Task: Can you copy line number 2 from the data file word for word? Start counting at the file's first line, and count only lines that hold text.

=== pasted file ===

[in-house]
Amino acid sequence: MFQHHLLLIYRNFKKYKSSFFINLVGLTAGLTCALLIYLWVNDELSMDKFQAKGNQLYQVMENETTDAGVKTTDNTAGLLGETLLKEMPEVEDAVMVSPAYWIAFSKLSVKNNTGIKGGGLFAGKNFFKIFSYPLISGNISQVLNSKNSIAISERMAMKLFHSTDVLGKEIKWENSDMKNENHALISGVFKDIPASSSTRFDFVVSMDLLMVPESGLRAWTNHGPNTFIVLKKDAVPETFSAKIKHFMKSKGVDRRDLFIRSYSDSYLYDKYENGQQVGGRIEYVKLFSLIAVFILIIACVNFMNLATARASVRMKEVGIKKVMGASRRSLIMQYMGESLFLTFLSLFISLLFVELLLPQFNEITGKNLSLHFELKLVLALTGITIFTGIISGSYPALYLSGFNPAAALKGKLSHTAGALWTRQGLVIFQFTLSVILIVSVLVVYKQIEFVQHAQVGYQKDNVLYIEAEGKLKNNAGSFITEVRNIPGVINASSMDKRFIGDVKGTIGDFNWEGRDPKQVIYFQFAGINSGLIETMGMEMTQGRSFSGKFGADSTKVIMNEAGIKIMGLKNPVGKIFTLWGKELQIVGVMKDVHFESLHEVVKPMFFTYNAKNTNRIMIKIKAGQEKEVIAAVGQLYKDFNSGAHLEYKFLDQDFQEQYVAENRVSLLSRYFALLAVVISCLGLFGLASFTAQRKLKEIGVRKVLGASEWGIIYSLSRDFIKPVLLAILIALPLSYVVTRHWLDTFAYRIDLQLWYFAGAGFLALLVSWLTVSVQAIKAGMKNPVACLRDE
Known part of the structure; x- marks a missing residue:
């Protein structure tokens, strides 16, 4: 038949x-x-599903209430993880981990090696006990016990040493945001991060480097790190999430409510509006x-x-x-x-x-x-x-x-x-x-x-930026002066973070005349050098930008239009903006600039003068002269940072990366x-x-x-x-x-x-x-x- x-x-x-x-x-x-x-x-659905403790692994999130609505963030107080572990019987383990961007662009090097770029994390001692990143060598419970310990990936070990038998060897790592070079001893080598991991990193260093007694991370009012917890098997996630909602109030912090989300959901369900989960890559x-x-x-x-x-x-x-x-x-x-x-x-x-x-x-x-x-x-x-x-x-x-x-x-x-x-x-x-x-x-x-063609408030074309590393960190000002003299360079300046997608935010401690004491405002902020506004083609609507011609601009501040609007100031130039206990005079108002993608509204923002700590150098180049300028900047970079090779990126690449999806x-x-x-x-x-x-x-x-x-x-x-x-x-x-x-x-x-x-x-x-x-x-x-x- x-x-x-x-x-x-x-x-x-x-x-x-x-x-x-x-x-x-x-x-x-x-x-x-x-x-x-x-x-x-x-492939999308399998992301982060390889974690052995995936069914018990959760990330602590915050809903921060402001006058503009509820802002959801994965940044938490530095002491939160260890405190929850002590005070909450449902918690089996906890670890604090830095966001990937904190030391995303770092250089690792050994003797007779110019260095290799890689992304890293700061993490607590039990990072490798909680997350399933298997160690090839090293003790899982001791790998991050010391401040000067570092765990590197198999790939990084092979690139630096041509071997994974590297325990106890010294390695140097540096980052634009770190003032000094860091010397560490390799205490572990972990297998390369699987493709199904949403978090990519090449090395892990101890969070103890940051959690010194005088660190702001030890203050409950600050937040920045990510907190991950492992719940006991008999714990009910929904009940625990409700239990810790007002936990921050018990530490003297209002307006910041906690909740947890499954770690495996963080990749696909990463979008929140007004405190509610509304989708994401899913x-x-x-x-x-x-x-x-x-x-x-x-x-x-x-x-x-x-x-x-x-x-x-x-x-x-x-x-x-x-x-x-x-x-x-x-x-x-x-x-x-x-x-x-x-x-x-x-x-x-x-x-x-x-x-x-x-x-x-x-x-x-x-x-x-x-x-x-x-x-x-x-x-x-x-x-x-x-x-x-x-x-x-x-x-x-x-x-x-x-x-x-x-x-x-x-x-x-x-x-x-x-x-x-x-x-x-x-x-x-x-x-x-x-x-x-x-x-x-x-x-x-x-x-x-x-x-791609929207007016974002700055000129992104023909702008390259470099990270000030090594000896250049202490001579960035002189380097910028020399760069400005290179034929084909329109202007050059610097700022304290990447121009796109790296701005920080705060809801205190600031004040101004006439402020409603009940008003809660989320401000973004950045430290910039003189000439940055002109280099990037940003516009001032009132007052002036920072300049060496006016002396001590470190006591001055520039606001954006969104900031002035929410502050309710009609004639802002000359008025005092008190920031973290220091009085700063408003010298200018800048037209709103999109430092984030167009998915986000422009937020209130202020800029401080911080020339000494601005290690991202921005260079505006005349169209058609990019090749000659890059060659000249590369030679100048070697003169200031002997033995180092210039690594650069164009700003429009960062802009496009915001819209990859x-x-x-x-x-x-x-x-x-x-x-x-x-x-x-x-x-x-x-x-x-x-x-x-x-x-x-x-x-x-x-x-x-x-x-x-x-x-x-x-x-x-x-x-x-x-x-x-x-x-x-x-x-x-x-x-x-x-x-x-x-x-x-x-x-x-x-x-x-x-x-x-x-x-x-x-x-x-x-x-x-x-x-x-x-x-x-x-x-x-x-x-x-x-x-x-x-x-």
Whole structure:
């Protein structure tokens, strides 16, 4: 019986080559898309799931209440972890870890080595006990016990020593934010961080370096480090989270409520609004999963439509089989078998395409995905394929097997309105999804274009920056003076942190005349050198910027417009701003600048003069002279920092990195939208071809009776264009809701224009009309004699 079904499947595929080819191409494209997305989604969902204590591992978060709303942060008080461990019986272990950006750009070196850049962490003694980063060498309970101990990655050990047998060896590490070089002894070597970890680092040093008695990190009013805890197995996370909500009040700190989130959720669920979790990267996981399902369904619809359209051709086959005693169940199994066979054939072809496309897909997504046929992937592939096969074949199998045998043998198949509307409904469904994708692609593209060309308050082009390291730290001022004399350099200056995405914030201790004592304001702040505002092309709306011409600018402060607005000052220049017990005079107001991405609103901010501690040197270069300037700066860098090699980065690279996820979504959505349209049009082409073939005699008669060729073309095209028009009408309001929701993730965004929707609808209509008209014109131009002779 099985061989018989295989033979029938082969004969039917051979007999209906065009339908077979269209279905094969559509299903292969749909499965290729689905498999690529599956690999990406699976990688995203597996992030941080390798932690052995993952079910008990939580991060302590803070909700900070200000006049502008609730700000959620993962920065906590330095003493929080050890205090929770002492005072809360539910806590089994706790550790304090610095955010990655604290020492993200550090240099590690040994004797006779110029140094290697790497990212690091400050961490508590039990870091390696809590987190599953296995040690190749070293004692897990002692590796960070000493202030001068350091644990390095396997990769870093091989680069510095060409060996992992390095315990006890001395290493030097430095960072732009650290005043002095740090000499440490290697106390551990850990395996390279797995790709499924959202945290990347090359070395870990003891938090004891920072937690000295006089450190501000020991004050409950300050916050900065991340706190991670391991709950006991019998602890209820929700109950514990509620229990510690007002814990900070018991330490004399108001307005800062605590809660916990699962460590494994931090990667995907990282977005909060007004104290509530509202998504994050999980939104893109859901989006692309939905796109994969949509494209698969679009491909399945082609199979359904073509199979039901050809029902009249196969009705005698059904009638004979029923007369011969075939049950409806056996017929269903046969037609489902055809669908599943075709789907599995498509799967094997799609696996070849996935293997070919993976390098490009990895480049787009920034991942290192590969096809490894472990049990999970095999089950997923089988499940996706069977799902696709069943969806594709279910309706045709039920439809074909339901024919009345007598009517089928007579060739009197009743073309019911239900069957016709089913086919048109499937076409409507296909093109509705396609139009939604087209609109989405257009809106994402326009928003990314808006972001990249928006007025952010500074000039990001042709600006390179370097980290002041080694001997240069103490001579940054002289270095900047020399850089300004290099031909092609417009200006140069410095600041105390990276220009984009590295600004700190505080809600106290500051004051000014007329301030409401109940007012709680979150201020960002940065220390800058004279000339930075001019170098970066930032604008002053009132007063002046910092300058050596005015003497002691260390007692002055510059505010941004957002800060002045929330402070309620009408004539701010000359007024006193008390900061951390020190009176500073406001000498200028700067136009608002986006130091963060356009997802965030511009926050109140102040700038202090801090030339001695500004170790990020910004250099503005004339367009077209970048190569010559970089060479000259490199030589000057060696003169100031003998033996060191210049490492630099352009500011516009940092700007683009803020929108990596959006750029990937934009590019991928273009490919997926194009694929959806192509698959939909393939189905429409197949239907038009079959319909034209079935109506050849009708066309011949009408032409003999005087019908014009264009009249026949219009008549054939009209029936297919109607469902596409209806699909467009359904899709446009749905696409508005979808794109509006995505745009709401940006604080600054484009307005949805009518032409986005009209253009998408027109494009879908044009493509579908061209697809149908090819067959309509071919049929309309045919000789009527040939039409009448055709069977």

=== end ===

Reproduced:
Amino acid sequence: MFQHHLLLIYRNFKKYKSSFFINLVGLTAGLTCALLIYLWVNDELSMDKFQAKGNQLYQVMENETTDAGVKTTDNTAGLLGETLLKEMPEVEDAVMVSPAYWIAFSKLSVKNNTGIKGGGLFAGKNFFKIFSYPLISGNISQVLNSKNSIAISERMAMKLFHSTDVLGKEIKWENSDMKNENHALISGVFKDIPASSSTRFDFVVSMDLLMVPESGLRAWTNHGPNTFIVLKKDAVPETFSAKIKHFMKSKGVDRRDLFIRSYSDSYLYDKYENGQQVGGRIEYVKLFSLIAVFILIIACVNFMNLATARASVRMKEVGIKKVMGASRRSLIMQYMGESLFLTFLSLFISLLFVELLLPQFNEITGKNLSLHFELKLVLALTGITIFTGIISGSYPALYLSGFNPAAALKGKLSHTAGALWTRQGLVIFQFTLSVILIVSVLVVYKQIEFVQHAQVGYQKDNVLYIEAEGKLKNNAGSFITEVRNIPGVINASSMDKRFIGDVKGTIGDFNWEGRDPKQVIYFQFAGINSGLIETMGMEMTQGRSFSGKFGADSTKVIMNEAGIKIMGLKNPVGKIFTLWGKELQIVGVMKDVHFESLHEVVKPMFFTYNAKNTNRIMIKIKAGQEKEVIAAVGQLYKDFNSGAHLEYKFLDQDFQEQYVAENRVSLLSRYFALLAVVISCLGLFGLASFTAQRKLKEIGVRKVLGASEWGIIYSLSRDFIKPVLLAILIALPLSYVVTRHWLDTFAYRIDLQLWYFAGAGFLALLVSWLTVSVQAIKAGMKNPVACLRDE